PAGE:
Front Page Titles (by Subject) a bill concerning escheats and forfeitures from british subjects 2 - The Works, vol. 2 (1771-1779)
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a bill concerning escheats and forfeitures from british subjects 2 - Thomas Jefferson, The Works, vol. 2 (1771-1779) 
The Works of Thomas Jefferson, Federal Edition (New York and London, G.P. Putnam’s Sons, 1904-5). Vol. 2.
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a bill concerning escheats and forfeitures from british subjects2
v. s. a.
[May 27, 1779.]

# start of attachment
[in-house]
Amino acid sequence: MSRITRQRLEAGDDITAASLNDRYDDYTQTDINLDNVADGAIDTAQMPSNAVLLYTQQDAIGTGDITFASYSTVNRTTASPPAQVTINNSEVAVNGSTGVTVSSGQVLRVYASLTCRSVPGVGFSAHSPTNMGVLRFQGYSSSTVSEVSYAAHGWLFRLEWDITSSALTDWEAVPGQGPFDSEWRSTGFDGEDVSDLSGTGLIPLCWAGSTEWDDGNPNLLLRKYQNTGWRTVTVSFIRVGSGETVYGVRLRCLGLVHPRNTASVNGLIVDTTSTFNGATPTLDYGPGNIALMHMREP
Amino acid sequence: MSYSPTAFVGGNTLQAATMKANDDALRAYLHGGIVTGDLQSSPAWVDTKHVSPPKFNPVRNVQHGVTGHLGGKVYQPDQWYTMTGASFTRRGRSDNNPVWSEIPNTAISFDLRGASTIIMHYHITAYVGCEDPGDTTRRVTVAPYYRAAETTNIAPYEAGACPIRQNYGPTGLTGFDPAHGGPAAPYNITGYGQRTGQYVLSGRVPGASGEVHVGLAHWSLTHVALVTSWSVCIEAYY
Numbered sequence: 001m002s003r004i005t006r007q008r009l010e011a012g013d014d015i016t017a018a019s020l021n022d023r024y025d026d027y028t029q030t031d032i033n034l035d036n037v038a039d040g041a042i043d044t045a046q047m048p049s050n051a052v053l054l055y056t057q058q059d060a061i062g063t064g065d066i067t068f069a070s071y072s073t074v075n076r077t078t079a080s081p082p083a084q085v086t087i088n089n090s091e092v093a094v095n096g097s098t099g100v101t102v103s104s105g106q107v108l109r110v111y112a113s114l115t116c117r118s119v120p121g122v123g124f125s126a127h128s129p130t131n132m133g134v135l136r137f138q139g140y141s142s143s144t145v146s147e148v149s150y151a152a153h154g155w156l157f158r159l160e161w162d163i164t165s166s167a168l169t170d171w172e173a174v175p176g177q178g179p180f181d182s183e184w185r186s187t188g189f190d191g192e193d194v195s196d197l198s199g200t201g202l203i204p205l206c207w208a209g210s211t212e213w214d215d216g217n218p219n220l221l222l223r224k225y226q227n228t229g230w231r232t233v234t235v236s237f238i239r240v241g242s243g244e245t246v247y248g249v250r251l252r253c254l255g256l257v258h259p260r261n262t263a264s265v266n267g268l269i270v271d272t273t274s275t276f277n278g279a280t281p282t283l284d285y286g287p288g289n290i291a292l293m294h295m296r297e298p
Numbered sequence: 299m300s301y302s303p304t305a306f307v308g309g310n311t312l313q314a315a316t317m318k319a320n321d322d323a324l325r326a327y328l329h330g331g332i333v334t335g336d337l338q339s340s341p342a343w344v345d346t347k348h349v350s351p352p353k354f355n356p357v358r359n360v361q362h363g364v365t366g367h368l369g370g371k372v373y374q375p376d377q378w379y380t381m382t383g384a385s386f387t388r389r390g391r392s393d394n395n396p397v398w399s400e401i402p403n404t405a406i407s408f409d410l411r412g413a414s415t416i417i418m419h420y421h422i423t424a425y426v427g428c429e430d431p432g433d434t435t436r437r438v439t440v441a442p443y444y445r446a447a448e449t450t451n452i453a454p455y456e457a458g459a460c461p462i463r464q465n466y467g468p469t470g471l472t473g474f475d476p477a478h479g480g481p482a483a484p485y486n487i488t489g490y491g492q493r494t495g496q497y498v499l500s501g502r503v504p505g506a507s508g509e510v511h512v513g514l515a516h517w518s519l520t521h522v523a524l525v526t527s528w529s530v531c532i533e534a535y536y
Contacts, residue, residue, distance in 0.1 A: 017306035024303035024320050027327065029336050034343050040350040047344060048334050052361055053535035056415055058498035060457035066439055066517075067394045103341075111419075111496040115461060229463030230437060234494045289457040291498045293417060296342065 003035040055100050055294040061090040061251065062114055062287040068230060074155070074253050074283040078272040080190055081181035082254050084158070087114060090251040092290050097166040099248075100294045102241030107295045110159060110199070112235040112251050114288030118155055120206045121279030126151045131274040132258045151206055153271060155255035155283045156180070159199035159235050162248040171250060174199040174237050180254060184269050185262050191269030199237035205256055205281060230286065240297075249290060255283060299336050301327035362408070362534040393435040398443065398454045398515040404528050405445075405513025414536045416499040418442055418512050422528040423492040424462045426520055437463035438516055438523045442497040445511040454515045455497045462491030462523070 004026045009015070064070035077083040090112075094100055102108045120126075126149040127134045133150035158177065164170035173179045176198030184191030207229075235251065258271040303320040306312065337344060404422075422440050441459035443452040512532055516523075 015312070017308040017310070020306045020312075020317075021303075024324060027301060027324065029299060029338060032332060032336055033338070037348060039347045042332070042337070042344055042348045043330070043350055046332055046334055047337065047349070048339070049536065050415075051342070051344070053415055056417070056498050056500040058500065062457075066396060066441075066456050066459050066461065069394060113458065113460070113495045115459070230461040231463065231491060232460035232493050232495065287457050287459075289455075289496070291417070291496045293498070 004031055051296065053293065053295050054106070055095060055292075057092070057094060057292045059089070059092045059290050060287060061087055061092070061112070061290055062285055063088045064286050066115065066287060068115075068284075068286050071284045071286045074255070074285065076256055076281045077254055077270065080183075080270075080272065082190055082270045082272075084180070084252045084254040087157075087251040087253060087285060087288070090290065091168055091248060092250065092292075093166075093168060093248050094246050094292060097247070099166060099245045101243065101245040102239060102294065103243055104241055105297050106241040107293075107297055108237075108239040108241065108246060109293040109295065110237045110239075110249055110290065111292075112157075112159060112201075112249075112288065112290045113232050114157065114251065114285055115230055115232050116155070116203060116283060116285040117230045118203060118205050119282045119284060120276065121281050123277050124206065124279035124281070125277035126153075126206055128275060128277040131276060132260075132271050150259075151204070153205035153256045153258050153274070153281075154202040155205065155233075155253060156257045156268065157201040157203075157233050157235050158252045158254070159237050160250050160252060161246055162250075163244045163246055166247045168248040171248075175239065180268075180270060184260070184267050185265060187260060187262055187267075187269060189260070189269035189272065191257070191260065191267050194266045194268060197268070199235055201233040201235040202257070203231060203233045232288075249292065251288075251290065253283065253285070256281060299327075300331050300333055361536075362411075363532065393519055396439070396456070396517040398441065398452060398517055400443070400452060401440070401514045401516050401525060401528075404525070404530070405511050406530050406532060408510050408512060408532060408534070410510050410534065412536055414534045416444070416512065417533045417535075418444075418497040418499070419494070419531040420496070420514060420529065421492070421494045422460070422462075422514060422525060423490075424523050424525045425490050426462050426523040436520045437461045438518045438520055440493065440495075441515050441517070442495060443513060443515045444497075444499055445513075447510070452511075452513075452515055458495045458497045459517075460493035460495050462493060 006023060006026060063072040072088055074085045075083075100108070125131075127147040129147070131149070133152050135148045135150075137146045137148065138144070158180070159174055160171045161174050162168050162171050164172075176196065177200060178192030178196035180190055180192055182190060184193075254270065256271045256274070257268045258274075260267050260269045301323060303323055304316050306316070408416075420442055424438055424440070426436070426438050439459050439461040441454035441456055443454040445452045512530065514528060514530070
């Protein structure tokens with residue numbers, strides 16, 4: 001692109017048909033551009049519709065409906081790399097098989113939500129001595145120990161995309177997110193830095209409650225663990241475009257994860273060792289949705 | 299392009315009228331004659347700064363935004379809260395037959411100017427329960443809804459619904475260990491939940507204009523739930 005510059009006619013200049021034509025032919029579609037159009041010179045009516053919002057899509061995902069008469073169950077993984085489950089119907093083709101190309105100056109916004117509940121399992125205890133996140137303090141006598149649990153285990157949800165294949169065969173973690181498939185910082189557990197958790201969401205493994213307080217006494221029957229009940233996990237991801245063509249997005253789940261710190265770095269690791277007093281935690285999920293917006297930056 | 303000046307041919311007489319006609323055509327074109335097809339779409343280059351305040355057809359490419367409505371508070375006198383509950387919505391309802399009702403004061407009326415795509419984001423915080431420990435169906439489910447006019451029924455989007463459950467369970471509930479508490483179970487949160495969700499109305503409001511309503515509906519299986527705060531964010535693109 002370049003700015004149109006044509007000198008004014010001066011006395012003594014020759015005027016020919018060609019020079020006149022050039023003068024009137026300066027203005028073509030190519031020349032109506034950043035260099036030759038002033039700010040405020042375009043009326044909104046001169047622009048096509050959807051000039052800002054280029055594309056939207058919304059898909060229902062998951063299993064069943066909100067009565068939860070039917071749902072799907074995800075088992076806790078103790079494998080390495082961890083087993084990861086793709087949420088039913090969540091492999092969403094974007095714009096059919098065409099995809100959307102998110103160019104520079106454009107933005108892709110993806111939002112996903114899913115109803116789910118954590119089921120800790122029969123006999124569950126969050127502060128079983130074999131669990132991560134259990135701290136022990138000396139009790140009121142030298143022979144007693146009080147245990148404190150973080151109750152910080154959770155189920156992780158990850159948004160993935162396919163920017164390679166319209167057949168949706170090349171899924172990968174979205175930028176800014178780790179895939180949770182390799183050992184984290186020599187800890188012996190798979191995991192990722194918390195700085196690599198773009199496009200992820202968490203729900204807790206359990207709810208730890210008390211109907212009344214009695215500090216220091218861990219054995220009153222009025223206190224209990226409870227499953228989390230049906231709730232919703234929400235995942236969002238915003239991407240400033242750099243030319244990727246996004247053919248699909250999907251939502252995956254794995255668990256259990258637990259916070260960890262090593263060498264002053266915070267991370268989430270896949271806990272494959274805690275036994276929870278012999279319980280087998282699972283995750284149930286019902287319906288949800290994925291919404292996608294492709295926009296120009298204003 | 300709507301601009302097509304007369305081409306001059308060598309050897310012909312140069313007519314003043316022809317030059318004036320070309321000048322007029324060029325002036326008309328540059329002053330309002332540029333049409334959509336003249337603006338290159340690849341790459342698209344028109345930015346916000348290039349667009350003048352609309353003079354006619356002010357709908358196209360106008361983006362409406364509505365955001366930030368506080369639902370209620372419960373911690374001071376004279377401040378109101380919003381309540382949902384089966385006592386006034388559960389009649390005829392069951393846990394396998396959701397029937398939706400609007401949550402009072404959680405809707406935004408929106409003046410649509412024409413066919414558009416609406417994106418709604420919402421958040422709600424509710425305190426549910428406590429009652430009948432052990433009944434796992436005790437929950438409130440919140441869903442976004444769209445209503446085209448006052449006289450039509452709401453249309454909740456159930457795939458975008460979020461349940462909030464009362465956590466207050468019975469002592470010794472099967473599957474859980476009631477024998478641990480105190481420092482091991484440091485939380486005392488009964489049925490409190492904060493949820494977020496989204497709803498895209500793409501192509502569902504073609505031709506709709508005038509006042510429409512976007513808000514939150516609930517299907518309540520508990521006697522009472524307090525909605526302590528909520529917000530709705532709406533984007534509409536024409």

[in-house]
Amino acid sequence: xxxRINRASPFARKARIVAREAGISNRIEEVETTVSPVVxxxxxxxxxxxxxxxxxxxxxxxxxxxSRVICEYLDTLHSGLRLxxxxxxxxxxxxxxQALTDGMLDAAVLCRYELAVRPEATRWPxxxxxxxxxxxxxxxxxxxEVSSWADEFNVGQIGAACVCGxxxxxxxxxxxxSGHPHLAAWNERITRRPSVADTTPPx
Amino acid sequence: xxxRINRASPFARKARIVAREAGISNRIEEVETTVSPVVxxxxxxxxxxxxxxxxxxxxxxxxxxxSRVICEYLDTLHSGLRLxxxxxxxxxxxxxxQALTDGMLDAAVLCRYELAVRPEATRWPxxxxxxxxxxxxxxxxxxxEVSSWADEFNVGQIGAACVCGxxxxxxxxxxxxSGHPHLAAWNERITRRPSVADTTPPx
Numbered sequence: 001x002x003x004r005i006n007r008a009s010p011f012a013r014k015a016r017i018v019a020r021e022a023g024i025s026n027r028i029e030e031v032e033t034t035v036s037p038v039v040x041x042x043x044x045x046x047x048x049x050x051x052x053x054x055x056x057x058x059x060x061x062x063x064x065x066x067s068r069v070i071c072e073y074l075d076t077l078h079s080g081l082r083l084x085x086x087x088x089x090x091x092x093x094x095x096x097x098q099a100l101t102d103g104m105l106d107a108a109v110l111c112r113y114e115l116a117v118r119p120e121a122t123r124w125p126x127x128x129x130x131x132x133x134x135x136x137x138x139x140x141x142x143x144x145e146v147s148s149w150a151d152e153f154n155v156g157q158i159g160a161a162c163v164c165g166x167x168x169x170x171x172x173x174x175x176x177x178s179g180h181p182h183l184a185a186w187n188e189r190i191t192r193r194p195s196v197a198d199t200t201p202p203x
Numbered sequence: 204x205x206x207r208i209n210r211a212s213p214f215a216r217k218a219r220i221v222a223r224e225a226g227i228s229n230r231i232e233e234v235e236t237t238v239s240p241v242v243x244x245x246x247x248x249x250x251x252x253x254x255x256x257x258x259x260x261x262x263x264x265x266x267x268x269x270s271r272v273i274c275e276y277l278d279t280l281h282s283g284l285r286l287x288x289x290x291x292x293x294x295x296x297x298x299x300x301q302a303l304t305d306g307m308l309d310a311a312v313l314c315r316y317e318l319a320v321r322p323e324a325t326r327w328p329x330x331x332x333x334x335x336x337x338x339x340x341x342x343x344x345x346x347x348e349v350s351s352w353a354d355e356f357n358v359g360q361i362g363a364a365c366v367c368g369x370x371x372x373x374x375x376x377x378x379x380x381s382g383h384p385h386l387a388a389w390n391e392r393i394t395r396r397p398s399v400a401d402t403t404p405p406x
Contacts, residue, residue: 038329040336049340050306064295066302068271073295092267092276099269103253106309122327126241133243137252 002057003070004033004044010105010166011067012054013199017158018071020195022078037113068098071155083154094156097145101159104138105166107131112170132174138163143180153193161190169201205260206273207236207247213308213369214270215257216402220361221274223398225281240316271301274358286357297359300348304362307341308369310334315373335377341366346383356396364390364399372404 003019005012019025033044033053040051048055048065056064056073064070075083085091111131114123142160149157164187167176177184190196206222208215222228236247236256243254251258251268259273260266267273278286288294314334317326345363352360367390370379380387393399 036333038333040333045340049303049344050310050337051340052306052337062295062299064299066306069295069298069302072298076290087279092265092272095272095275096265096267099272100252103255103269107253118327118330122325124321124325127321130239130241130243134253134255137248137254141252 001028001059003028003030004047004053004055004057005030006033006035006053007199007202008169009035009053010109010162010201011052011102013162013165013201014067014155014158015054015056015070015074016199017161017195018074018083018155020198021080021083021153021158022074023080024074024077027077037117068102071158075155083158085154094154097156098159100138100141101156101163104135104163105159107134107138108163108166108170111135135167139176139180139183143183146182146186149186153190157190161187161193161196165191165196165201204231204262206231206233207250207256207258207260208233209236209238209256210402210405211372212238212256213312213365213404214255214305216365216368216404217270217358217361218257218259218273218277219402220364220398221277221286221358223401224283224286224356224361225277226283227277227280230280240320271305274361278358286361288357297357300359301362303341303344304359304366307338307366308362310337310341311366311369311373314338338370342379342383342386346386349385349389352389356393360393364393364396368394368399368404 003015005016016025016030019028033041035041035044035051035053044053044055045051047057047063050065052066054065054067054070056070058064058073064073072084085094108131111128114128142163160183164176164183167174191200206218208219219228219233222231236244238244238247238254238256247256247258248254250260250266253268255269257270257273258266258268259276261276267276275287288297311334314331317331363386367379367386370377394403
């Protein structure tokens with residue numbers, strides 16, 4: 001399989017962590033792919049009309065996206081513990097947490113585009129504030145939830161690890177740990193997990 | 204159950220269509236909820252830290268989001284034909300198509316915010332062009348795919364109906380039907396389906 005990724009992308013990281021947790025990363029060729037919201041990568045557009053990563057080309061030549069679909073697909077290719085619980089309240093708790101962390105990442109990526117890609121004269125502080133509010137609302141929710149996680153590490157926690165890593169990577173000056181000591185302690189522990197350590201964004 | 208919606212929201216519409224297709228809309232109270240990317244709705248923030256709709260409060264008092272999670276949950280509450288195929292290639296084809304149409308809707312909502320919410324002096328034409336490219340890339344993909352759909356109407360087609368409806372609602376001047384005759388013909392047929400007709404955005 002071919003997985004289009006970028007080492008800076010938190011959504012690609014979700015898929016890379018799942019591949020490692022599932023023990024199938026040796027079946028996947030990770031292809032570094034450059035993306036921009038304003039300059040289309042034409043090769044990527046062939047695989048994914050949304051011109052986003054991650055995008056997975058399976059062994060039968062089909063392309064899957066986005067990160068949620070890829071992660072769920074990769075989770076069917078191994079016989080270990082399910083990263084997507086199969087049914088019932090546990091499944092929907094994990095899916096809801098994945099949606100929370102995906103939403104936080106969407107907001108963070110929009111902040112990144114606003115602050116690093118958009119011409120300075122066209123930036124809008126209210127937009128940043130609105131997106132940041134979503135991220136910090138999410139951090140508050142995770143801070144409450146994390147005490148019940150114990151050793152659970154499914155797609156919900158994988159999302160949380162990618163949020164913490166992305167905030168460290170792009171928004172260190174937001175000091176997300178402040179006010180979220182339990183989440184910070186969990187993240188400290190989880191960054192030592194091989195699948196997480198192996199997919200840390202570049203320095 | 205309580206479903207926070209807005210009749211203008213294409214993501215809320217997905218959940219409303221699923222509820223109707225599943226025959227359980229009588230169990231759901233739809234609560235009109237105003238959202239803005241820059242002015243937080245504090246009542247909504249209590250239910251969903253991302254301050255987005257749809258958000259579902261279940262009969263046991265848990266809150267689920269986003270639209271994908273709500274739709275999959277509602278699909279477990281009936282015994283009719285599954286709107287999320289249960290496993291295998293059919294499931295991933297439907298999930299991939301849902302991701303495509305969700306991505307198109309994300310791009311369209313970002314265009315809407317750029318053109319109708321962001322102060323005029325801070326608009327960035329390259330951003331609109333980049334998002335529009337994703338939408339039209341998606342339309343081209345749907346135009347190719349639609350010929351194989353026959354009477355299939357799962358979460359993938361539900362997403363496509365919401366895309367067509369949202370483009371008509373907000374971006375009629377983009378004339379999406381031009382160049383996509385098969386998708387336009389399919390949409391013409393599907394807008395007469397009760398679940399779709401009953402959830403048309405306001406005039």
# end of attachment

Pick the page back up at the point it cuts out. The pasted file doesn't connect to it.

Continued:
Whereas during the connection which subsisted between the now United States of America and the other parts of the British empire, & their subjection to one common prince the inhabitants of either part had all the rights of natural born subjects in the other, & so might lawfully take & hold real property, and transmit the same by descent to their heirs in fee simple, which could not be done by mere aliens; and the inhabitants on each part had accordingly acquired real property in the other: and in like manner had acquired personal property which by their common laws might be possessed by any other than an alien enemy & transmitted to executors & administrators: but when by the tyrannies of that prince, & the open hostilities committed by his armies & subjects inhabitants of the other parts of his dominions on the good people of the sd United States they are obliged to wage war in defense of their rights & finally to separate themselves from the rest of the British empire, to renounce all subjection to their common prince, and to become sovereign & independent states, the sd inhabitants of the other parts of the British empire become aliens & enemies to the sd states, & as such, incapable of holding the property real or personal so acquired therein & so much thereof as was within this commonwealth became by the laws vested in the commonwealth.